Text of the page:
Commercial Glazes vs Mixing Your Own – A Cost Comparison
The Cost of Mixing Glazes From Scratch
For those of you who already mix your own glazes, did you know that you can input the costs of your raw materials into Glazy.org and it will calculate the cost of each of your glaze recipes?
Just login at Glazy.org > Click your name at the top > My Home > Materials Inventory
Enter the price you paid for each material. Then you can go to any of your glaze recipes and fill in the “batch size” and “units for price estimate” fields and it will tell you the cost of that glaze.
Here’s an example of Sue’s Clear – for a batch size of 1000g, the material cost is $3.92. A 10,000g batch would cost $39.20.
These are actual costs in Canadian $ from my local supplier. Yours might be very different
If I cut that in half, 500g of dry glaze plus water will generally make more than a pint of liquid glaze. I’ll err on the generous side for the purposes of this comparison and say that 500g dry = 1 pint liquid glaze.
So for this particular clear glaze, my material cost is roughly $1.96/pint.
Out of interest, I did a search on Glazy for cone 6 clear glazes to compare. The costs depend on the materials they are made with. High frit glazes cost more than glazes made with mainly raw materials. My clear glaze fell in the middle with most clear glazes costing between $1.50-$2.50 for a 500g batch size.
For another comparison, let’s look at the cost of a glaze containing an expensive colourant like cobalt. This is one of our studio recipes, Sapphire Blue.
Here, I entered 500g as my batch size and the cost is $4.92. Notice that almost 50% of the cost of this glaze comes from the added colourants. A good thing to keep in mind!
So, we’ve got a pint or 500g of glaze mixed from scratch averaging between $2-$5.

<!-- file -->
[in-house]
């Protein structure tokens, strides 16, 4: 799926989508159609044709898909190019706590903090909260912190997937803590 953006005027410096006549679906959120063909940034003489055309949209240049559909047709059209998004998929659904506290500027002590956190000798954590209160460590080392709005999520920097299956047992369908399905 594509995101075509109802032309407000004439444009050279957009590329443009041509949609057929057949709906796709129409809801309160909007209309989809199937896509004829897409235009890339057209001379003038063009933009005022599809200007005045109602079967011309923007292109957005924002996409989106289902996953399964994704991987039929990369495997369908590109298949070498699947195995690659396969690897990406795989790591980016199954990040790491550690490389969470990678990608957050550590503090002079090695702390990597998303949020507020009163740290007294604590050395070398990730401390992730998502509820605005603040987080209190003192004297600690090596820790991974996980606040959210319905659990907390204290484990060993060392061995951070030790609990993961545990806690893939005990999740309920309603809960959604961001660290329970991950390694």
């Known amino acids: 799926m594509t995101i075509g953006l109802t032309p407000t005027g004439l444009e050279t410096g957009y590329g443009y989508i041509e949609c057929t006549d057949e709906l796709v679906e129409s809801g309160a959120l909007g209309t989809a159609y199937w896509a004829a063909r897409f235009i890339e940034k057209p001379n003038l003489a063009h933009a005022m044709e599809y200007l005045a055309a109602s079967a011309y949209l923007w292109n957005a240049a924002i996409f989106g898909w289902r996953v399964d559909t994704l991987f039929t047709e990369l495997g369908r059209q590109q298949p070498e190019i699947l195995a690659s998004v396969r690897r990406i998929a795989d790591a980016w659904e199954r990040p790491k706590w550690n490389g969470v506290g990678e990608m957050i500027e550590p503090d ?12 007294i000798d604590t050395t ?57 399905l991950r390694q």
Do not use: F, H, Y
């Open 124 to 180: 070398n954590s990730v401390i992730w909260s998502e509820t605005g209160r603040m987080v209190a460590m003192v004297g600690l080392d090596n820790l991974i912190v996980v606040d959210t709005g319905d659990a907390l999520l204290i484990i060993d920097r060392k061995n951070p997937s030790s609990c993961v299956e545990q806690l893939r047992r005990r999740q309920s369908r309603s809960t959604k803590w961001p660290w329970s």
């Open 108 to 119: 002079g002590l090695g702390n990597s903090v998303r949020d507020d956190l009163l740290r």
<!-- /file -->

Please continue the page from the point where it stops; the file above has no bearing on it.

The cost of commercial glazes
Let’s compare with some cone 6 commercial glaze prices.
In order to compare apples to apples, I’ll use the prices from the same local pottery supply shop where I got my raw material prices. These are in Canadian dollars. Your prices may be different.
Bottled glazes sold by the pint
Amaco Potter’s Choice glazes = $22-$25/pint
Amaco Celadon glazes = $22/pint
Spectrum Hi Fire glazes = $13-$28/pint depending on colourants
Spectrum Shino glazes = $20/pint
Spectrum Celadon glazes = $13/pint
Moroccan Sand glazes = $23/pint
Most of the glazes are over $20/pint but we’ll go with an average price of $20/pint for commercial bottled glazes.
Dry powdered glazes – just add water
Plainsman G2926B Clear glaze – $8.30/500g
Plainsman G2934 Matte glaze – $9.35/500g
These are base glazes that you can add your own colourants to so our comparison should be with the cost of a base glaze without colourants – $1.50-$2.50
So in a very general conclusion, the cost of buying commercially prepared glazes is roughly 4-10 times more than the material costs for mixing your glazes from scratch. This can add up.
Of course, you need to account for the time it takes to mix glazes. The larger your batch sizes are, the cheaper your labour costs will be.
You also need to account for the up front expenses of purchasing buckets and sieves for glaze mixing and you need space to store all your glaze materials.
With all that taken into consideration, it’s still much more cost effective to mix your own glazes from scratch, in the long run.
A long time ago, I did a full cost analysis including labour for the public pottery studio where I work and it made way more fiscal sense for us to continue paying technicians to mix glazes from scratch than to switch to buying buckets of commercial glaze.
Not to mention the freedom that comes from mixing your own glazes and the ability to control, alter and troubleshoot them.
When you find a glaze recipe you like, you can do a colour run to discover new colours of compatible glazes, using the same base glaze.
When glaze problems arise, knowing the recipe of your glaze makes it way easier to troubleshoot and solve the problem. When people ask me for help with their glazes, I can almost always figure out the problem when they give me the recipe. If we don’t know the recipe, it can take more tests and firings to solve the problem.
I hope that this blog post has been informative for you if you’ve been considering learning to mix your own glazes from scratch or considering switching to commercial glazes. Both have benefits and drawbacks and the right choice for you really depends on your individual situation.
Learn to Mix Glazes from Scratch
If you’ve never mixed a glaze from scratch before and want to learn, I teach an online workshop called Glaze Mixing Essentials where I show you all the steps to mix a glaze and then test a base glaze with multiple colourants. Click the link for all the details.
Join my free community
If you love learning about and discussing glazes, I'd like to invite you to my free social learning Facebook group called Understanding Glazes with Sue. The group is full of videos and discussions about firing, mixing glazes and fixing various glaze issues. Please join!